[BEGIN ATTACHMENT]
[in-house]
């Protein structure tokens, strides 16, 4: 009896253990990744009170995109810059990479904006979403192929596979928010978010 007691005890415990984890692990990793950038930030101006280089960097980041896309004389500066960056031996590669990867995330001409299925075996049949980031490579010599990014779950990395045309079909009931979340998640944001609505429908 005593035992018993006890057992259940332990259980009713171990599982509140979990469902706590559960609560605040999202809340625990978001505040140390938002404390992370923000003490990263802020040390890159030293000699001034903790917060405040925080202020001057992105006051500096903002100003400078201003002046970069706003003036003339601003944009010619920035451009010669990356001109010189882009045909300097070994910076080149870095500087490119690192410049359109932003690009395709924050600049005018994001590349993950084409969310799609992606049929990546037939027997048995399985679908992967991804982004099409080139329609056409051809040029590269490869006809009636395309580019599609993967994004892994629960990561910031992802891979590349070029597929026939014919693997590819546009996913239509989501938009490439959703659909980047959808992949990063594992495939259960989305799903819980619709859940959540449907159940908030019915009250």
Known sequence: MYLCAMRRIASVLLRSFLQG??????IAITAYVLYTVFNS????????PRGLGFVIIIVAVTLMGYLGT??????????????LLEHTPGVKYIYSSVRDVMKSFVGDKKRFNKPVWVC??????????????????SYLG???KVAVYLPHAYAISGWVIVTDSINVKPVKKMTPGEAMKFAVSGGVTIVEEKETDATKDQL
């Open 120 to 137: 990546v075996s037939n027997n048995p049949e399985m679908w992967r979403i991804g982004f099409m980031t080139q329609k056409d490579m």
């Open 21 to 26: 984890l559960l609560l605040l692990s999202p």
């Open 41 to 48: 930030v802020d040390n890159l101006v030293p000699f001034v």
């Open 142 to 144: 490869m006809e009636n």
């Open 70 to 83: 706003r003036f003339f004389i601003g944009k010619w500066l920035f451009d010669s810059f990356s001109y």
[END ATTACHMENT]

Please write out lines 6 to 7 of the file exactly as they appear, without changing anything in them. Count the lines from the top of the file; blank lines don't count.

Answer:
């Open 41 to 48: 930030v802020d040390n890159l101006v030293p000699f001034v």
């Open 142 to 144: 490869m006809e009636n």